EU leaders often gather for summits to make a bloc-wide decision or to handle an urgent crisis. But this week’s meeting in Sibiu, Romania was slightly different—they just had the bloc’s entire future to discuss.
EU heads of state met to debate the challenges and strategic priorities of the EU’s next five years, ahead of parliamentary elections at the end of this month. Their joint statement, published at the end of the summit, was broad and bland, with vague promises of more unity and ambition.
The real talk about the future happened on the sidelines. In statements to reporters before and after their working lunch, and in informal chats, the leaders dealt with the biggest question looming over the bloc for the next few months: Who will lead the EU into its next chapter?
The summit in Sibiu marked the beginning (paywall) of a unique electoral season for the union: Leaders of its four most important bodies will likely change in the same year, for the first time since their roles were created.
The term of current European parliament president Antonio Tajani ends in July; European commission president Jean-Claude Juncker and European central bank president Mario Draghi leave in October; while European council president Donald Tusk will step down in November.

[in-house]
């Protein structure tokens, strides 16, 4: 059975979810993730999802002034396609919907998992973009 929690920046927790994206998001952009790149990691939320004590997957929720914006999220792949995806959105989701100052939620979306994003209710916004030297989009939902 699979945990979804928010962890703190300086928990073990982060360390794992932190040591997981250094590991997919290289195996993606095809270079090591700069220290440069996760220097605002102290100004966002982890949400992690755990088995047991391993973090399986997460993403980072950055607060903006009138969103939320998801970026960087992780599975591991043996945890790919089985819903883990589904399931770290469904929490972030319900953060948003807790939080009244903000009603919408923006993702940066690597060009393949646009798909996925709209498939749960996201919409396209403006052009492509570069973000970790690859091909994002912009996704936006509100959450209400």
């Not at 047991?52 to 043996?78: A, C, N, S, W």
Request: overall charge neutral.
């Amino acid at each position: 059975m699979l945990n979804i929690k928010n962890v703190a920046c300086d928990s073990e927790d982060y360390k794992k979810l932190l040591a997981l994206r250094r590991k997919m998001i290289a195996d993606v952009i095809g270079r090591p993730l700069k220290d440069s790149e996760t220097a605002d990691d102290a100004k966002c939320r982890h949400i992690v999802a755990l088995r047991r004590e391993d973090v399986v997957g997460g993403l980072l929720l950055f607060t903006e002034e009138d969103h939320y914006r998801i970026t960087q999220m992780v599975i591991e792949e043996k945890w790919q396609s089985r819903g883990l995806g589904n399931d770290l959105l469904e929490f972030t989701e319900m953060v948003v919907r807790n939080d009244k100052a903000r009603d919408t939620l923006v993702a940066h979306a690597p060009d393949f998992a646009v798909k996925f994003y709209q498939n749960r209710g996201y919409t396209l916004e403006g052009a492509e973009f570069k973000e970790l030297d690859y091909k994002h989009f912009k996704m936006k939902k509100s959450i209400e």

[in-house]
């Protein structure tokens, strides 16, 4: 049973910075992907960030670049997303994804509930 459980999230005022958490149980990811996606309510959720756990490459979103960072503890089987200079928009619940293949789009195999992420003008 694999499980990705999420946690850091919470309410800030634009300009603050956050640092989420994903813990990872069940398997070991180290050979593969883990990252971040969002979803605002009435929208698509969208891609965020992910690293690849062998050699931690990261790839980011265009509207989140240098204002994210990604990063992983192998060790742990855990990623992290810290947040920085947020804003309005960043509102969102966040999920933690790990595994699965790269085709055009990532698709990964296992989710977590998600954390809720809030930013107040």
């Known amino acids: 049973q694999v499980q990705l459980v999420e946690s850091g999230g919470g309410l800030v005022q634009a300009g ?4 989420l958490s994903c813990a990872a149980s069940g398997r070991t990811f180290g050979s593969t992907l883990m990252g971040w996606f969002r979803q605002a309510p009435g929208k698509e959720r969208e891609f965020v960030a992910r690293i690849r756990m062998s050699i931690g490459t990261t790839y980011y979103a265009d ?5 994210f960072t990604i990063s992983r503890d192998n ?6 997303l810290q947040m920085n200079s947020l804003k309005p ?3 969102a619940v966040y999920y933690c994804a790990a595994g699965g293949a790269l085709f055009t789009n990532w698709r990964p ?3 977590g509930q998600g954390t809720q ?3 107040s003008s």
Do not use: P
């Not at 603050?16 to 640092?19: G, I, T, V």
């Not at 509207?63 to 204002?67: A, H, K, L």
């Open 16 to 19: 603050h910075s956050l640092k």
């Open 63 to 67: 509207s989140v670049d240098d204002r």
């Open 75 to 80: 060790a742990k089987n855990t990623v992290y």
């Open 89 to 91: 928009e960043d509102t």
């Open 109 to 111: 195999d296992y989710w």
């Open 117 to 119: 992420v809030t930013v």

Together, these four men run the EU. Tajani, Juncker, and Tusk command at least 43,000 employees; propose, amend, and pass laws that govern 513 million citizens (more than half of whom are women, by the way); decide where to spend the bloc’s seven-year €1 trillion budget; and mediate between EU institutions and its 28 members states. Draghi, the ECB chief, sets monetary policy for the 19 nations using the euro.
Significantly, none of these roles are chosen by the bloc’s citizens. Members of the European parliament are the only EU politicians picked directly by voters, every five years. Those four top jobs are defined among peers—presidents, economists, ministers, legislators—in politicized and somewhat opaque processes.
The critical role of the president of the commission is the most contentious, because the procedure to pick the position is not very well defined in law. On top of that, the two competing bodies that have to decide it—the council of heads of state (the group meeting in Sibiu) and the parliament—disagree over how to go about doing so.
The rules to fill the other positions are clearer. The leader of parliament is elected by its members. Tajani has already said he wants a second term, but there could be contenders after the election later this month. And the heads of state elect the chief of their council. Tusk is already on his second term, so potential substitutes like Dutch prime minister Mark Rutte and Lithuanian president Dalia Grybauskaitė are being floated (paywall).
Draghi, the ECB chief, is Italian, and his predecessors were Dutch and French. Germany, the largest and wealthiest country in the bloc, and the host of the European central bank in Frankfurt, thinks it’s time that it gets the position. The German candidate is Jens Weidmann, its current national central bank chief.
While the terms of Tajani, Juncker, Tusk, and Draghi will be over only by the end of 2019, their replacements will be made known earlier, likely in the coming weeks and months. It’ll be a season of heavy politicizing among European elite—if not that much voting by its citizens.